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Family Nutrition & Health
Good Skin Care
There are several things you can do to head off skin problems and retain a healthy glow at any age. Teens, obsessing about your skin? Yes, acne begins during puberty, but you can still begin a lifelong habit of healthy skin by focusing on skin routines today that will carry through to your future
1. Don't smoke
Smoking makes your skin look older and contributes to wrinkles. How? Smoking narrows the tiny blood vessels in the outermost layers of your skin and decreases blood flow – depleting your skin of the oxygen and nutrients that are the key to skin health. Smoking also damages collagen and elastin, the very fibers responsible for your skin’s strength and elasticity. And one more thing: The repetitive motions you make when smoking – pursing your lips, squinting your eyes and puffing out your cheeks – can also contribute to wrinkles.
- If you smoke, protect your skin by quitting. If you’re having trouble quitting, ask your doctor for tips, help and treatments.
2. Be gentle
Daily cleansing and shaving can take a toll on your skin, so do what you can to minimize the stress.
- Limit and moderate bathing. Hot water and long showers or baths remove oils from your skin. Limit your bathing time and lower the water to warm – just slightly warmer than body temperature.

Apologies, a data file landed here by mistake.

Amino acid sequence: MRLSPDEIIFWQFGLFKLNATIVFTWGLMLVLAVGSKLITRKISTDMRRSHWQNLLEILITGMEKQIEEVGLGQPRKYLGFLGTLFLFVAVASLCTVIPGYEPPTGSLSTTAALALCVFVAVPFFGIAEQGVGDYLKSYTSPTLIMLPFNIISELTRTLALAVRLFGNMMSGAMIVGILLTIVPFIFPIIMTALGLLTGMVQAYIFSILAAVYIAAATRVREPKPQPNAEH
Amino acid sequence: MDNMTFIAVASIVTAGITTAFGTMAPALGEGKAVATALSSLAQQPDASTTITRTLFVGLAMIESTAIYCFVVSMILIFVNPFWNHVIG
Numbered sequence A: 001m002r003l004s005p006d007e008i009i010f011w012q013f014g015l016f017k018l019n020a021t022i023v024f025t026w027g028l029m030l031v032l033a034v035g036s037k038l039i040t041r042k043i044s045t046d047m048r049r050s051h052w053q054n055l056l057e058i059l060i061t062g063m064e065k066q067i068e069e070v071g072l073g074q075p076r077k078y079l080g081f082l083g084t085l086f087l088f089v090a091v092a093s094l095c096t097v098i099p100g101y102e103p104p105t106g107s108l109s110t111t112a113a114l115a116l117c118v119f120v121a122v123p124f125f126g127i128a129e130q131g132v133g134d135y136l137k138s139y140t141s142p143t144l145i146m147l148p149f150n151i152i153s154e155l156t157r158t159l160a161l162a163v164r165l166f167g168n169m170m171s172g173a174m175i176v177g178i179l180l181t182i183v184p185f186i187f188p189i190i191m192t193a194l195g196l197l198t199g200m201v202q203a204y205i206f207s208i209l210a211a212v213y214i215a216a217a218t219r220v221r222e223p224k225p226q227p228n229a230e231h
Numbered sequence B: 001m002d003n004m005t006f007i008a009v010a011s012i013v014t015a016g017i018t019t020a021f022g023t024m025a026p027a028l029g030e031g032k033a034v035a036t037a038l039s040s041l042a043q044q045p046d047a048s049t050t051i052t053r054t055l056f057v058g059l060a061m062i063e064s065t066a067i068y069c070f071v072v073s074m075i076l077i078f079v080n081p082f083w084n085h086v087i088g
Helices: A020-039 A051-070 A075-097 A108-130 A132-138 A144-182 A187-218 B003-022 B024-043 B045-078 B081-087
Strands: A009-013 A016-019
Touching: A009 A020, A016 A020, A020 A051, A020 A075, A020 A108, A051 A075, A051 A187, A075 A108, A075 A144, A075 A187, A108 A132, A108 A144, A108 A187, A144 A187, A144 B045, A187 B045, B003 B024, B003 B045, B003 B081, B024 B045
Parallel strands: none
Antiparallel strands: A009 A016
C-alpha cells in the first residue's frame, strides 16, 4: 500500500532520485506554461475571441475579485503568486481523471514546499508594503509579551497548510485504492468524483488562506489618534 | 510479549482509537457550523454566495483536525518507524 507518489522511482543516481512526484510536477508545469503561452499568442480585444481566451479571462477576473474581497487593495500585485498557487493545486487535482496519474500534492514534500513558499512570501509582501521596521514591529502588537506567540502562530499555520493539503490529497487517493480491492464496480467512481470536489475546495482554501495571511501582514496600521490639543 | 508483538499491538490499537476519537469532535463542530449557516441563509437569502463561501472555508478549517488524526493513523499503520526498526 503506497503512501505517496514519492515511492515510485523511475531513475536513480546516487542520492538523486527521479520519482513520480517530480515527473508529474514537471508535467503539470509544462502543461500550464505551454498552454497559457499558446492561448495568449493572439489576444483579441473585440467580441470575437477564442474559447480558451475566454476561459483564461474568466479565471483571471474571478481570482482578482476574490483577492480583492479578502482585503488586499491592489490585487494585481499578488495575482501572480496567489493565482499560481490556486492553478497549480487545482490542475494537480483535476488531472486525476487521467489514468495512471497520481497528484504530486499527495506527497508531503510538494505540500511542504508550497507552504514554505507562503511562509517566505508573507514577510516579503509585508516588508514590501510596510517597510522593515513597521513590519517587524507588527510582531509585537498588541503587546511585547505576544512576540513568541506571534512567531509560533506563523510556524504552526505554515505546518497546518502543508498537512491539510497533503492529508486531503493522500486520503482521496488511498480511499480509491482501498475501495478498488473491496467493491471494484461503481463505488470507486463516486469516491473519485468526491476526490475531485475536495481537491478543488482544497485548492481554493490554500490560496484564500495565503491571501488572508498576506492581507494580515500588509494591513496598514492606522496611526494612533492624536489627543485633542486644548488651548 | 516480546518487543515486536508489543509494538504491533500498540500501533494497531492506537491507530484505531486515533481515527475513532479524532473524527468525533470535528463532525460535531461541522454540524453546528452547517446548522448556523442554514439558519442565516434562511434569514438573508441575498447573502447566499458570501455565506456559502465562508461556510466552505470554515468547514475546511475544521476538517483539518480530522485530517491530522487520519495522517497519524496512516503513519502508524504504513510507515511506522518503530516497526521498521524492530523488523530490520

- Avoid strong soaps. The detergents in strong soaps can strip oils from your skin. Choose mild and “skin friendly” cleansers.
- Shave carefully. Always apply shaving cream, lotion or gel before shaving to protect and lubricate your skin. Use a clean, sharp razor and shave in the same direction the hair grows, not against it.
- Pat dry. Gently pat or blot your skin dry with a towel after bathing/washing, leaving some of the moisture on your skin.
- Moisturize. Use a moisturizer that fits your skin type – whether you have oily or dry skin. Consider a moisturizer that contains SPF for daily use.
3. Eat healthy foods
A healthy diet can help you look and feel your best, so eat plenty of fruits, vegetables, whole grains and lean proteins. There isn’t a clear association between diet and acne, but some research suggests that a diet rich in vitamins C and B, and low in unhealthy fats and processed or refined carbohydrates might help.
4. Protect yourself from the sun
One of the most important ways to take care of your skin is to protect it from the sun. By simply limiting sun exposure you can reduce your risk of skin cancer, wrinkles and age spots.
- Use sunscreen. Use a broad-spectrum sunscreen with an SPF of at least 15. When you're outdoors, reapply sunscreen every two hours — or more often if you're swimming or perspiring.
- Seek shade. Avoid the sun between 10 a.m. and 4 p.m.
- Wear protective clothing. Cover your skin with tightly woven long-sleeved shirts, long pants and wide-brimmed hats.
5. Add more humidity
During cold, dry months when the heat is on in the house, use humidifiers in every bedroom as a defense against the drying effects of the furnace.
6. Manage stress
Uncontrolled stress can make your skin more sensitive and trigger acne breakouts and other skin problems. Take steps to manage your stress by setting reasonable limits, scaling back your must-do list and making time for the things you enjoy. The results might be more dramatic than simply healthier skin.
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